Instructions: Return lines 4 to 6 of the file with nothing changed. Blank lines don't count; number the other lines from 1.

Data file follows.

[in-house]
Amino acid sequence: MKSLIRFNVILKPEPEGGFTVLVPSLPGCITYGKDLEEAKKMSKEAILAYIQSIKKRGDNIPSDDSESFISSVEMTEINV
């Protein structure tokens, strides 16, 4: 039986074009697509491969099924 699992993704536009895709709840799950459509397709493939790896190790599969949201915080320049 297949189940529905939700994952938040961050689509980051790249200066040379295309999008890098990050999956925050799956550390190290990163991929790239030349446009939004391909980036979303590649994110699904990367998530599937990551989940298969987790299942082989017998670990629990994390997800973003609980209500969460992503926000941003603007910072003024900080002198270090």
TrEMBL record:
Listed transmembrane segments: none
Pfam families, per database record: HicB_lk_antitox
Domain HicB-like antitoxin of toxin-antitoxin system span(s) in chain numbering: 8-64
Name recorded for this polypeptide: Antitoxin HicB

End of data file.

TrEMBL record:
Listed transmembrane segments: none
Pfam families, per database record: HicB_lk_antitox